Karen Divine: An iPhone Photo Essay
I am self-taught, self-driven and have been seeking mentors to study with for the past forty years. Since my first photography class in Boston in 1972, I have studied with the Santa Fe Workshops, Christopher James, Bonnie Lhotka, Atlanta College of Art, Penland in NC, Anderson Ranch just to name a few. I love learning and challenging myself. There were always images in my head that I wanted to create and it wasn’t until I discovered Photoshop that I was able to execute these ideas.
I view the world in layers, stacking colors, textures, forms and stories onto each other as if one were walking through their day with blurred vision, not taking in specifics but piecing together various parts and overlapping them. Images that tell a story are important to me, images that are suggestive, a reflection of one’s inner turmoil and dreams, a personal documentary, images where the boundaries are somewhat obscure. I want to look at an image and be forced to look again and again. A sense of structure and design is important of course but behind my shapes and colors, there is usually another order of meaning, however abstract that may appear. A teacher once said that my images were like an Italo Calvino story or like Jeanette Winterson’s work and after reading them, I can only hope that my version of storytelling comes even close to that.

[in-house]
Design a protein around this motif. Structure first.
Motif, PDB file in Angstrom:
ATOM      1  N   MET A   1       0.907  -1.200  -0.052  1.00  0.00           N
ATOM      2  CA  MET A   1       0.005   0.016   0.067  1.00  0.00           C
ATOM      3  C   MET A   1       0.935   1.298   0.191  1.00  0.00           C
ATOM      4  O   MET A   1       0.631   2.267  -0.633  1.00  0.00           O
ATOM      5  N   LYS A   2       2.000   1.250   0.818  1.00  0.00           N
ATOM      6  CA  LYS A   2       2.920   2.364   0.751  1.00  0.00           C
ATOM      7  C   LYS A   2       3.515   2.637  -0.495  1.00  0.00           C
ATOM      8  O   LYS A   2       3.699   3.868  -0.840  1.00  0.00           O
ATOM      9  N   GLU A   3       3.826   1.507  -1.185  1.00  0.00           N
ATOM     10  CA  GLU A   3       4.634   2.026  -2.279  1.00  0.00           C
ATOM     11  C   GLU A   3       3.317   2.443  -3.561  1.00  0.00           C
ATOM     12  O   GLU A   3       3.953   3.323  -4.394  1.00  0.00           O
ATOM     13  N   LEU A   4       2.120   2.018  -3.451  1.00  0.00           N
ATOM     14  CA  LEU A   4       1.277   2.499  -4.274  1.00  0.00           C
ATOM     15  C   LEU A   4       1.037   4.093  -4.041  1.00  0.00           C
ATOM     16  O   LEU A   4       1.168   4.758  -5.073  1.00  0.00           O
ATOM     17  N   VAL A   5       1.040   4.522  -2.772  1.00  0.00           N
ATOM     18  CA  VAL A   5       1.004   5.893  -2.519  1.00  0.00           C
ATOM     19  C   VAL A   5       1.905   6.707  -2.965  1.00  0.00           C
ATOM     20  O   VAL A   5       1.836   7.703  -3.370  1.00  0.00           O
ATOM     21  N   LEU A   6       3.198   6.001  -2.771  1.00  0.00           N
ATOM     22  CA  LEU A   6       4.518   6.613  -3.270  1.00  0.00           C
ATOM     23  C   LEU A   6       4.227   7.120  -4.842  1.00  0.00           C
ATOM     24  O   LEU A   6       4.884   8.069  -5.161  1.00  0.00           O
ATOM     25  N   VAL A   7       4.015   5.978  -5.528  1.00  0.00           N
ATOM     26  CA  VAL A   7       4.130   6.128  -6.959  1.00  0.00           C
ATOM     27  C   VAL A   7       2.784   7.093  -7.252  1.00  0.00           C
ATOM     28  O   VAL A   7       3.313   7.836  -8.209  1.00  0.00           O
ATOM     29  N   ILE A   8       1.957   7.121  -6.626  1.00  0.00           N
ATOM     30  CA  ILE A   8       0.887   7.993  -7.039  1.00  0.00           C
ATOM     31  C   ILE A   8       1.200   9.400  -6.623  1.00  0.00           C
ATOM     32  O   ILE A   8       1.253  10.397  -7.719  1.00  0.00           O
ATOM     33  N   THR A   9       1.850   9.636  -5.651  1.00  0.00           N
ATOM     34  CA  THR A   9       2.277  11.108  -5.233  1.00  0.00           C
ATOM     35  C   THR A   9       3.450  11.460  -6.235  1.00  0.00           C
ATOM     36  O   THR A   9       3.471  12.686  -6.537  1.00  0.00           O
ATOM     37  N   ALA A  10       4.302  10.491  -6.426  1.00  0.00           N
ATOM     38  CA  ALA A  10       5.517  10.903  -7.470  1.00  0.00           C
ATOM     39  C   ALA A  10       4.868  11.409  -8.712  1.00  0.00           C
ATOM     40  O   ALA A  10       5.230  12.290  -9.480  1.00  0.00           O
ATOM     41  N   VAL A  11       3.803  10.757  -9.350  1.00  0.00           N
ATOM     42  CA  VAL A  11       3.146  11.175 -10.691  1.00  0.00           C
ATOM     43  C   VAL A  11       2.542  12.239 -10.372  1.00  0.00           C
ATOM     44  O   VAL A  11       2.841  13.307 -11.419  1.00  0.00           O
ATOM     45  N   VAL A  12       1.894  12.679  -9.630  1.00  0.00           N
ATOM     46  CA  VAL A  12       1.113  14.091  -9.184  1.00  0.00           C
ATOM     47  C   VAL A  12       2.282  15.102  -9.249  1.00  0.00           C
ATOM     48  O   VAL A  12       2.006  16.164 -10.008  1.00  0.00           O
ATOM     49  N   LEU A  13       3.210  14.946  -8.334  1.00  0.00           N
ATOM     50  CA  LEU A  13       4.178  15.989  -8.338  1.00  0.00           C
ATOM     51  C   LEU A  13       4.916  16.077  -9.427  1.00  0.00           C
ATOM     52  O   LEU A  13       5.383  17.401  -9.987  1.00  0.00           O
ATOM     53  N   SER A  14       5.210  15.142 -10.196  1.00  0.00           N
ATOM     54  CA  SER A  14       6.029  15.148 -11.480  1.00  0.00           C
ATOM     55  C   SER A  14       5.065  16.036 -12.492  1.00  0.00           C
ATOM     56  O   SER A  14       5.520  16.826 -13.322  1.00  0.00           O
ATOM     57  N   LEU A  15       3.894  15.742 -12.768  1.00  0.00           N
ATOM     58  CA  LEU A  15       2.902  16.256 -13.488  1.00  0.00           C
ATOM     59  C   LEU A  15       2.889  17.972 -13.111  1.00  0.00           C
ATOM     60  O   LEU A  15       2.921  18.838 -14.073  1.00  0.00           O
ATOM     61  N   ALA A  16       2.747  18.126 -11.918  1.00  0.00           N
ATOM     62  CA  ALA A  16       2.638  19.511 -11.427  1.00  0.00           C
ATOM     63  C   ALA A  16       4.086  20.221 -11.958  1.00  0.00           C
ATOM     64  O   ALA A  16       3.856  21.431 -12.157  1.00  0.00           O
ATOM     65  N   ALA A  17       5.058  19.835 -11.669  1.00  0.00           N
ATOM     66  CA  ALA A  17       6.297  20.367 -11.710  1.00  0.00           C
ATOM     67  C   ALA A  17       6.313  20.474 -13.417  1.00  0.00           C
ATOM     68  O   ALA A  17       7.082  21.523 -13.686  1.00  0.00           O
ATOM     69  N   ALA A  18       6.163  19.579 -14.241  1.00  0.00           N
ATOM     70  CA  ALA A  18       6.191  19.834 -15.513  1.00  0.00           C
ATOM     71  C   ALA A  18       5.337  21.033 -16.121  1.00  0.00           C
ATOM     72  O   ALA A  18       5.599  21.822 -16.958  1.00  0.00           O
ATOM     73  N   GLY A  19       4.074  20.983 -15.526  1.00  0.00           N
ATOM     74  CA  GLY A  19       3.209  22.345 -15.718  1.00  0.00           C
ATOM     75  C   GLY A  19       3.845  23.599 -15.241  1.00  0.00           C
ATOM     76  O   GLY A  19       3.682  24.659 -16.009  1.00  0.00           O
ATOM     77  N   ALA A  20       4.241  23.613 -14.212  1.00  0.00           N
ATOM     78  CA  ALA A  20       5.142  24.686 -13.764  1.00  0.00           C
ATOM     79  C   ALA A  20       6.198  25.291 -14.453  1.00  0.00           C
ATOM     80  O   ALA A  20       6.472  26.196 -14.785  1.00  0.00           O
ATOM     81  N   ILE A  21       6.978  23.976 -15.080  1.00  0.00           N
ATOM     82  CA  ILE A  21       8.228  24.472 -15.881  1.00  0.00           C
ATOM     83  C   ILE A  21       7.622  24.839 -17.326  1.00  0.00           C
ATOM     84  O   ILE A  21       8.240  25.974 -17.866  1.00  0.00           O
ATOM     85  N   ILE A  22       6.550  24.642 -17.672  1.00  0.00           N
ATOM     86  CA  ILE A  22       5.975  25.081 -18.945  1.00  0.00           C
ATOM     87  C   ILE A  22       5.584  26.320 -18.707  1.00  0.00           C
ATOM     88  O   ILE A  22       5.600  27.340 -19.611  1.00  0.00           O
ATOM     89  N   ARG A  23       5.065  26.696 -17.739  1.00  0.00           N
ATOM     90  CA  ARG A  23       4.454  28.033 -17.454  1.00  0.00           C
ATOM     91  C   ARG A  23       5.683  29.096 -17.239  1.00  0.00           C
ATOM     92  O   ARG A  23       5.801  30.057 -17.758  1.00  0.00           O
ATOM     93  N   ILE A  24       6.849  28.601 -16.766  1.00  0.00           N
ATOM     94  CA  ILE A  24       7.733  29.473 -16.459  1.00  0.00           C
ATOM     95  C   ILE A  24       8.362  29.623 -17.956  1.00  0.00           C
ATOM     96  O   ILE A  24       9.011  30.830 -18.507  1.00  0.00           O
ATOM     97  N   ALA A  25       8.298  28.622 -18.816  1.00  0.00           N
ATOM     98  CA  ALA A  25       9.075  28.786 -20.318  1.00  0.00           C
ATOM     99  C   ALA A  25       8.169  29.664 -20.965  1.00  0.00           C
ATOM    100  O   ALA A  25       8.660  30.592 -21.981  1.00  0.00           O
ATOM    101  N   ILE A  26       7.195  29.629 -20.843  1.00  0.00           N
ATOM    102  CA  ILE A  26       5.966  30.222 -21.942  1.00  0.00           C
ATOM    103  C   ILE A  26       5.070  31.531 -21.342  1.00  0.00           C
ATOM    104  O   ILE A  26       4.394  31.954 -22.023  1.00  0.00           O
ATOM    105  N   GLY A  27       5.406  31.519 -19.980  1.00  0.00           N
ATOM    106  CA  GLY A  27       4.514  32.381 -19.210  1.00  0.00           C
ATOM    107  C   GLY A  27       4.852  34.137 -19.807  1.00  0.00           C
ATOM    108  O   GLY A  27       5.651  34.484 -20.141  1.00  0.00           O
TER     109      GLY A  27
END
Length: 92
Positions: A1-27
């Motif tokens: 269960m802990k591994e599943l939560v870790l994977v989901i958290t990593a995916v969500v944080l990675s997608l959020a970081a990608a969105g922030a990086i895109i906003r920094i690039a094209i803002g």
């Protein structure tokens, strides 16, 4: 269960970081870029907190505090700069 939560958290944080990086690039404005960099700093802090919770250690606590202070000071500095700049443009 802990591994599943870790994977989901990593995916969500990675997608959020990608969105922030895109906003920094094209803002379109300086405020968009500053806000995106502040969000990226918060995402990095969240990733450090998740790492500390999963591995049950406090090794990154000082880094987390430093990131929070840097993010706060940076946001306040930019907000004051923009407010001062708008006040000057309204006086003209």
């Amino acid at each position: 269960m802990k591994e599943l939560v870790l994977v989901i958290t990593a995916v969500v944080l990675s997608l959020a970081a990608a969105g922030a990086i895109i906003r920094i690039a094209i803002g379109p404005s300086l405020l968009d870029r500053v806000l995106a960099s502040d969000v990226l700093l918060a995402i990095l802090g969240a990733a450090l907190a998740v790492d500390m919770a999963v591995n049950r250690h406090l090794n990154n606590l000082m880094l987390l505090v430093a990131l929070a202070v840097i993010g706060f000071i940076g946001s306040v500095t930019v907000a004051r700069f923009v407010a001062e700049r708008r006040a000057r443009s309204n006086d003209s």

Prior to the iphone, I had been compositing images in Photoshop for thirteen years, so compositing on the iphone was an easy transition, albeit a bit more tedious than Photoshop, requiring more steps to adjust layers and opacity, in addition to the fact that after the second layer is placed, it’s flattened…not much forgiveness, rather like painting with watercolors. However, it can create textures in fresh new ways. The iphone required me to learn to make precise decisions and to think about forms and placements in a whole new way.
Images that tell a story are important to me, images that are suggestive, a reflection of one’s inner turmoil and dreams, a personal documentary, images where the boundaries are somewhat obscure.
The following body of work asked the question “Do women shoot the nude with a different vein of intention than the male?” Being the genesis of the greatest art, I wonder if the viewer of the image perceives the nude differently depending on the gender of its maker! Are we shooting the female form for it’s lines and shapes that make any composition visually appealing or is the image a reflection of our own sensuous or objective being? In answering these questions, I discovered a woman, playful, sinuous, provocative, a bit off in her antics and movements, confident, doubtful but always wanting to present herself in freedom.